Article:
This year marks 45 years since I first came to Thailand. There have been a few changes over the decades. But remarkably there have been more than a few things that haven’t changed at all. Some random thoughts.
I instantly fell in love with the country as soon as I got off the plane. I was mesmerised with the people, the lush scenery, the exotic scents, the warm weather and warmer hospitality, the gilded temples, the ancient history, the charming customs, and the delicious food. I knew this was place where I wanted to spend the rest of my life. I have been in over 70 countries since I arrived here. I have not changed my opinion. Bangkok has been my permanent base of operations since 1991 when not doing U.S. government contracts in the hottest of hot spots including Iraq, Afghanistan, Bosnia, Kuwait, Nigeria and Houston.
The exchange rate then was steady one U.S. dollar to 20 Baht. Gold was USD$35.00 per ounce. A handmade, finely crafted, personally fitted Italian pair of leather dress shoes were USD$20. A whole closet full the top quality European styled designer suits were a few hundred dollars. I had a steak dinner one evening back then at the Chokchai Steak House. At the time the restaurant was in the Chokchai Building – the tallest skyscraper in Thailand at 26 stories. It had a spectacular view on the 23rd floor. You could look out and only see a few dim houselights to the southern and western horizons and nothing else of note. Most of the scenery was just trees.
The place to shop back then was the newly opened the Siam Center. But I noted with dismay over the years that there was a growing gap between the lowest step of the entrance on the street and the pavement. All due to subsidence caused by underground water pumping. So they periodically kept adding wooden steps each time to close the growing gap. Behind the Siam Center was the elegant, shaded Intercontinental Hotel. The lobby was the perfect place to have some tea while teams of handsome pilots and glamours stewardesses from Pan-Am, SAS, British Airways, Lufthansa and other international airlines that housed their crews there on layovers waltzed through the lobby area.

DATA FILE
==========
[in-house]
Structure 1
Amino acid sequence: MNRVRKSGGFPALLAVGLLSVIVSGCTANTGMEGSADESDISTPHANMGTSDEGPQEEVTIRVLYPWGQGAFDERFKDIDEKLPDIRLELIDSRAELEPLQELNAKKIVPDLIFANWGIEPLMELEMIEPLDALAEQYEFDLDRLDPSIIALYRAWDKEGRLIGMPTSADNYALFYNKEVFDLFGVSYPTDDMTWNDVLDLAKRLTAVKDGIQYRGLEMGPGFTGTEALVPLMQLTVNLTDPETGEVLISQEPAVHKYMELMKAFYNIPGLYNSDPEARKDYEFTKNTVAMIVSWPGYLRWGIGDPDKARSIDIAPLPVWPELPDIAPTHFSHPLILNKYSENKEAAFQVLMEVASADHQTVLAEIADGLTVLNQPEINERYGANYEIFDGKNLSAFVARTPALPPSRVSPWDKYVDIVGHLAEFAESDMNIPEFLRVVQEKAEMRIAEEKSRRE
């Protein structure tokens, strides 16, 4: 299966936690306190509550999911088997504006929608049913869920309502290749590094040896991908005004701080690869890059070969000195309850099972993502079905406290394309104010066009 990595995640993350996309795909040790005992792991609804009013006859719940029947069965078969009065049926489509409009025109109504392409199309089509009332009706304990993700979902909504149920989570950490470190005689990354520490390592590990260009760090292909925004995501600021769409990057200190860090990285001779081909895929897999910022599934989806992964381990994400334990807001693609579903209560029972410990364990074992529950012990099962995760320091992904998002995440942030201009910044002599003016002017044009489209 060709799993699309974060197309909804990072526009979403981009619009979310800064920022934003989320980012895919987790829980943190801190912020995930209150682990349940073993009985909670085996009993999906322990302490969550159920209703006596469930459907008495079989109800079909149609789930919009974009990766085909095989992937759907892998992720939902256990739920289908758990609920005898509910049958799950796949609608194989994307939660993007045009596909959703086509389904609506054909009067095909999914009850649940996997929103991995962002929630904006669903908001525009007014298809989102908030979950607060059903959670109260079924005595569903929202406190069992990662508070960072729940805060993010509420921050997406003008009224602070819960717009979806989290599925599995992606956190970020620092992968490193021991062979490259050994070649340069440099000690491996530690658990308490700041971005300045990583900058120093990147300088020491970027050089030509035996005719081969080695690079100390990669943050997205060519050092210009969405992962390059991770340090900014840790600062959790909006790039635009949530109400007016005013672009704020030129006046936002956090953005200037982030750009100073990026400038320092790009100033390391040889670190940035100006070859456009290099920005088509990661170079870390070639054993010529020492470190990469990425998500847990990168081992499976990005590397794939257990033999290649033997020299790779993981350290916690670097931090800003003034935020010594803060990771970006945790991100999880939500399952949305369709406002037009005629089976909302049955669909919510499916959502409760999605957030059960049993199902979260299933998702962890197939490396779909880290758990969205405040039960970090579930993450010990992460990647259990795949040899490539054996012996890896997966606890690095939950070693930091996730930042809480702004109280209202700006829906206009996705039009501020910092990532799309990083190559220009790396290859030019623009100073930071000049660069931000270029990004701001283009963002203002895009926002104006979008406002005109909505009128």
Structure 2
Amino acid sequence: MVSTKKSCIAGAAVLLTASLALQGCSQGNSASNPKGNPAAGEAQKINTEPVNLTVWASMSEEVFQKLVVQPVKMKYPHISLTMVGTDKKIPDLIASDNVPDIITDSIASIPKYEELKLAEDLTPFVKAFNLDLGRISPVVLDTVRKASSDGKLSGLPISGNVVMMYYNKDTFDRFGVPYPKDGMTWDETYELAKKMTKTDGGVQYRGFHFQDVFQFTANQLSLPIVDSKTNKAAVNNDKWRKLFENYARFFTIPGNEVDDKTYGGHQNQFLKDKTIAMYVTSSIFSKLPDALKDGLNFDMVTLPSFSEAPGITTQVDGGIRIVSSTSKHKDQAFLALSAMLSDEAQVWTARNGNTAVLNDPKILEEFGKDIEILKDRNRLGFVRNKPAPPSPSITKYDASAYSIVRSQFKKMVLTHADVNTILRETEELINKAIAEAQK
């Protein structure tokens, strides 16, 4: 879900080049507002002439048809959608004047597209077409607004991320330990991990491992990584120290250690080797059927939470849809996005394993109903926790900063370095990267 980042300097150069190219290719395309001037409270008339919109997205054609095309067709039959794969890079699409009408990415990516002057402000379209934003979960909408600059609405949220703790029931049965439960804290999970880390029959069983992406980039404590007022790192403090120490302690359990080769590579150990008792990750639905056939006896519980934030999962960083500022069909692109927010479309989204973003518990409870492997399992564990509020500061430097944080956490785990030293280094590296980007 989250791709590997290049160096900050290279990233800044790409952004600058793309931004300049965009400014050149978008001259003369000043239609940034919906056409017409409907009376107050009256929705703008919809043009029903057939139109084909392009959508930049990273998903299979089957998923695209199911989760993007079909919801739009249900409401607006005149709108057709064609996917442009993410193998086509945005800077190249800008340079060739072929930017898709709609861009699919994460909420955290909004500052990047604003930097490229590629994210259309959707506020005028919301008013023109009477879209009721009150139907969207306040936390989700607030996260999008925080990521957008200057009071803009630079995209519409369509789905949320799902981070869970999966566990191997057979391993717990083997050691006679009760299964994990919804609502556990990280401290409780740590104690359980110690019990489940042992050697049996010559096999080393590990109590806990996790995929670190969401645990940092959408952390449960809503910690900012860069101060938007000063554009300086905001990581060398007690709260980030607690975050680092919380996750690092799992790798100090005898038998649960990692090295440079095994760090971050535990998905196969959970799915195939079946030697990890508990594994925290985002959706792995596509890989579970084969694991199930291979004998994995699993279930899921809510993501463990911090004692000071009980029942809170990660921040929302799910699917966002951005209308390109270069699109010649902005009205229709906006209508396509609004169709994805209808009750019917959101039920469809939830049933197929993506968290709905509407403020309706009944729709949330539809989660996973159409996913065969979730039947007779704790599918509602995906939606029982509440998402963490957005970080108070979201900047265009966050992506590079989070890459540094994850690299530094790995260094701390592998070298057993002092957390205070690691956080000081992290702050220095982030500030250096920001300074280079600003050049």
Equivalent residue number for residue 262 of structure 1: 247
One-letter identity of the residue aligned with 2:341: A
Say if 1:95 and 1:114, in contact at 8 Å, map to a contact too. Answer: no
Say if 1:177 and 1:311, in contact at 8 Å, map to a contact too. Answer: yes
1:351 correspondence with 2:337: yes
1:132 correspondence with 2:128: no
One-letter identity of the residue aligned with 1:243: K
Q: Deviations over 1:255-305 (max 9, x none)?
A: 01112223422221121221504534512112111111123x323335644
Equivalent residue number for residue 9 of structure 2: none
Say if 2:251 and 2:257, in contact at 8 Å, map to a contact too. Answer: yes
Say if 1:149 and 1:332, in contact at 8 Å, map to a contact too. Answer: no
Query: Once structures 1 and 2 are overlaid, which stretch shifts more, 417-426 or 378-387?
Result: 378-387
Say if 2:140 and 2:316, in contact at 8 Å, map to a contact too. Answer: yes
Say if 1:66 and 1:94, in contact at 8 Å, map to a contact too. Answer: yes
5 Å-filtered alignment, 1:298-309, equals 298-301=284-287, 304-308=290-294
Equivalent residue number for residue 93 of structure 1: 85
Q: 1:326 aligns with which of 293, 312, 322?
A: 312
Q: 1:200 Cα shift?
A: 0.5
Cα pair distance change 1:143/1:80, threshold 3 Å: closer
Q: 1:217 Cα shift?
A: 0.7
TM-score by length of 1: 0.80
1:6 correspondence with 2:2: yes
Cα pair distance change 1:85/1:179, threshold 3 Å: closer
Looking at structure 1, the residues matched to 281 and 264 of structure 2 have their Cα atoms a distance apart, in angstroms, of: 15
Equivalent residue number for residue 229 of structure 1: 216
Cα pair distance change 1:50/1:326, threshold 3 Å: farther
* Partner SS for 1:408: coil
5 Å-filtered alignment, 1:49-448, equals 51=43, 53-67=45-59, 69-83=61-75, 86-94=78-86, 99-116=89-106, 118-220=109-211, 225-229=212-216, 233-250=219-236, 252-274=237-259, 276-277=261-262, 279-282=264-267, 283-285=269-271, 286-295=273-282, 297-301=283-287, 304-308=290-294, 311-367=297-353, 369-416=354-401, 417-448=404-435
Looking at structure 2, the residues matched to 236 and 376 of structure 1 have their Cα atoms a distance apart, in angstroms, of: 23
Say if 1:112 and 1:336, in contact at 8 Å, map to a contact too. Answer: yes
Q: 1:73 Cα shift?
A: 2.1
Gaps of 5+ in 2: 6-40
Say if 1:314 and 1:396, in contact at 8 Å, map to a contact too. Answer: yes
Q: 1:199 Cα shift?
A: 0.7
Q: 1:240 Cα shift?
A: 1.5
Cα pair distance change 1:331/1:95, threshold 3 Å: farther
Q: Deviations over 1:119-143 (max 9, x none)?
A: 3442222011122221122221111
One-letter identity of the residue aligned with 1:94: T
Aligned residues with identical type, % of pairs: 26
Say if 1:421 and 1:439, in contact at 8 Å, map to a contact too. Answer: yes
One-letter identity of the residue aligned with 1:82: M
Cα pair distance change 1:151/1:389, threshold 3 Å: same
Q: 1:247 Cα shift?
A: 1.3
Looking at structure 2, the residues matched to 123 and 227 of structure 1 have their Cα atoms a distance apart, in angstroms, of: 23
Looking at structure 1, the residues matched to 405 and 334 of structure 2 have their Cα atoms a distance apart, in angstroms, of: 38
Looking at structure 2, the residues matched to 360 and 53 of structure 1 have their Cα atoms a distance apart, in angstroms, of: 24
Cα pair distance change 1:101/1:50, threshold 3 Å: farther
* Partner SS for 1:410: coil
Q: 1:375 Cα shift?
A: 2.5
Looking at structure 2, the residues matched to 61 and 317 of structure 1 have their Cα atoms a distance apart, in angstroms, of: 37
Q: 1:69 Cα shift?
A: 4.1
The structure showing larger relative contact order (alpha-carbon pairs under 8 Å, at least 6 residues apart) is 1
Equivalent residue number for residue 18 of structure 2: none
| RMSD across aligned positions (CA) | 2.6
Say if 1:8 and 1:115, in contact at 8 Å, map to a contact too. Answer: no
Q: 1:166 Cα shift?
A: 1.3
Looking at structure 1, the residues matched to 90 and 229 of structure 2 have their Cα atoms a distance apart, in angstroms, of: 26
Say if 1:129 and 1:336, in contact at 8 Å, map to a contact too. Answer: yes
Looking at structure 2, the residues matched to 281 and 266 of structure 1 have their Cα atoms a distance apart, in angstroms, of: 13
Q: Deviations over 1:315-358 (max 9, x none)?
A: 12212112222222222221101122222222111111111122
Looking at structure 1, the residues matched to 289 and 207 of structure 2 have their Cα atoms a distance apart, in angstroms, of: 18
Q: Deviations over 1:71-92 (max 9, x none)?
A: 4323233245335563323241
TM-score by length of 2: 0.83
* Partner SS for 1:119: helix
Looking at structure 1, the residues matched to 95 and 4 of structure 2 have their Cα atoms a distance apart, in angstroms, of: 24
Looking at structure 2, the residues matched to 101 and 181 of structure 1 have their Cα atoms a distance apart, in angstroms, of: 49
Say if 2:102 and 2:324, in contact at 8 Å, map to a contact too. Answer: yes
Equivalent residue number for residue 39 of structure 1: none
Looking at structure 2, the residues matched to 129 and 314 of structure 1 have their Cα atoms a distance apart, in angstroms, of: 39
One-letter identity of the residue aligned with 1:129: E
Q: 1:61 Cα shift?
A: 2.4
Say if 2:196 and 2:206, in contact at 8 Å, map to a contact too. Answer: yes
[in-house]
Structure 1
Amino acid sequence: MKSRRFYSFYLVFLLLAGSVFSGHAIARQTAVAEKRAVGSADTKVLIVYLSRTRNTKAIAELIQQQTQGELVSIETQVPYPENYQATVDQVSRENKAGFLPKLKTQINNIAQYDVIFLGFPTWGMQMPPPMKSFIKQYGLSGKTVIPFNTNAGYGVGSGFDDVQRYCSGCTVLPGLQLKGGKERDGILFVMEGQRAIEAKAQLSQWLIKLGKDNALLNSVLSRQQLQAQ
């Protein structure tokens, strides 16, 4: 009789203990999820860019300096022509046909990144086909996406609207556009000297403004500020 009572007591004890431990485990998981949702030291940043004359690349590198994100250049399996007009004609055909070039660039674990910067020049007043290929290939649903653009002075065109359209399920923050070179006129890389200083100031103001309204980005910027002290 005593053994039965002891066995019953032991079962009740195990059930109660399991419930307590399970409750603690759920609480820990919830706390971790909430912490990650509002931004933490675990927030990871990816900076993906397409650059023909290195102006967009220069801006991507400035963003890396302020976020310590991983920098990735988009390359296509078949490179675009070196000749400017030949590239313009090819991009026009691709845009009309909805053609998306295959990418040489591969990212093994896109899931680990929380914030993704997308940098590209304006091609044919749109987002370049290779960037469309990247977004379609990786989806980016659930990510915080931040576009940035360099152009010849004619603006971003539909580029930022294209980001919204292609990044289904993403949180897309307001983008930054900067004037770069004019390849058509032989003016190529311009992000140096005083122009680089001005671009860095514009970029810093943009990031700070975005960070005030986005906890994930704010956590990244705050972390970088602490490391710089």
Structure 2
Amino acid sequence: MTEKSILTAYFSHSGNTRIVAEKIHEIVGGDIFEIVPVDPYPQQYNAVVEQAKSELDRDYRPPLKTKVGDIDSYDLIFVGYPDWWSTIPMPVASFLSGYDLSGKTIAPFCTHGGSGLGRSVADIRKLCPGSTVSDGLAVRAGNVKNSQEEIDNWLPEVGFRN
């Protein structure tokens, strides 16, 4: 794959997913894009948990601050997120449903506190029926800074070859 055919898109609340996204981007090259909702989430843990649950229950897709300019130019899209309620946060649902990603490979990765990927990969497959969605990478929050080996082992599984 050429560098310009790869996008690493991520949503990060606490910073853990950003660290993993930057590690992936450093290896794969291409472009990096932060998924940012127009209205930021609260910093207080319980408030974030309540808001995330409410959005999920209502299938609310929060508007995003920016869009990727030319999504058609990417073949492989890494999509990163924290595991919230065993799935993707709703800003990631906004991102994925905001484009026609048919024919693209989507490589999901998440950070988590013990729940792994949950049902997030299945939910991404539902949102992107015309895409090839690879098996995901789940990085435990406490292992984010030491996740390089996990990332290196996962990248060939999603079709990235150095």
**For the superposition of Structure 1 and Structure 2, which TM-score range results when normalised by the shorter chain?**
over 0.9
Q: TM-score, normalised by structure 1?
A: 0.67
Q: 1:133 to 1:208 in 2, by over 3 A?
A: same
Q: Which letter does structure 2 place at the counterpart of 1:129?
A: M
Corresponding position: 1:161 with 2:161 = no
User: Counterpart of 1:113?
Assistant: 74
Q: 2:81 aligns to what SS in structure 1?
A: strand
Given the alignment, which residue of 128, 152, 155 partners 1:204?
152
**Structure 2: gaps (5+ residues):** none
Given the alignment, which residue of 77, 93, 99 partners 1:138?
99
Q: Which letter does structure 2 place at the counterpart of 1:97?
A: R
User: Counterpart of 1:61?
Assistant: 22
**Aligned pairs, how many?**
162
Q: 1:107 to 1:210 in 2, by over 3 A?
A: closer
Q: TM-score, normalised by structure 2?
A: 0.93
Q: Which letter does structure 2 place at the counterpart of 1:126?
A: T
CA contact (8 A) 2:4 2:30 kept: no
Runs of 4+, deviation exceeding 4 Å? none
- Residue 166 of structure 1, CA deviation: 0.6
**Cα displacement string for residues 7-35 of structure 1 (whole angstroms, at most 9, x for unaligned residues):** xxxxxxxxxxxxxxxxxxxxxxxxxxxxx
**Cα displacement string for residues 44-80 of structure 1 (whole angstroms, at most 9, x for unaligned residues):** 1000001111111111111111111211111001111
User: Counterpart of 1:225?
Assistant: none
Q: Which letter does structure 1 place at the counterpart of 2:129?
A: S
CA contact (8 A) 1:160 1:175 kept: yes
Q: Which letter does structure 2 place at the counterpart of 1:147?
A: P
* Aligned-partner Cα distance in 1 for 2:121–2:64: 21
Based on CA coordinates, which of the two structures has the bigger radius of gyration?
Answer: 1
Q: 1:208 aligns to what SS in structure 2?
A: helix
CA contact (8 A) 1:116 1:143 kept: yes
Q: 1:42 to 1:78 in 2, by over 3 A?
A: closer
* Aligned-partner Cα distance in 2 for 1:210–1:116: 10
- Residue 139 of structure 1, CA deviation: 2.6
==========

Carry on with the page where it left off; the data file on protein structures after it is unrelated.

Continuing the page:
Bangkok’s roads were all literally parking lots. Hiring a taxi cab was all hard bargaining. They were always not in the best of condition, mainly rusty jalopies ready for the scrapyard. Now as then tuk-tuks were too expensive for a ‘farang’ to use. Most of the city’s landscape has changed radically. But certain areas of the city, like Charoen Krung Road, the residential areas of Huay Kwang and Din Daeng and right around the Grand Palace, seem not to have changed at all (except for a few hundred thousand 7-11s stores). Patpong existed, but not Soi Cowboy.
The highway to Pattaya was just a two lane road with heavy traffic. During the rainy season the roadway washed out several times and had to be repaired each time. If you got caught behind a slow-moving lorry it might be some time before an open spot between oncoming traffic let you safely pass, but that opportunity seldom came. South Pattaya Beach Road was just an unpaved track through the jungle with a few scattered ramshackle thatch covered wooden houses. If you wanted any entertainment you had to bring it along with you. Pattaya was the beach road and the back road and nothing more. A bungalow on the beach could be rented for 120B month. The road to Jomtien was also an unpaved track over the hill from Pattaya. It was a pristine stretch of beach and jungle foliage as a backdrop. Few people cared to venture over there. If they did they had the whole beach to themselves.
Unlike some other East Asian nations that long barred ‘farangs’, Thailand rolled the red carpet out since the first European visitors arrived over five centuries ago. Thailand has been described as a ‘crossroads’. What I like about Thailand most is if you want to have fun then there will always be Thais around to help you do exactly that. If you want to be left alone then the Thais will do that too. Thailand is what you make of it.
The world keeps giving me new reasons every day to stay here. As long as the proverbial welcome mat remains out for myself and my family we will.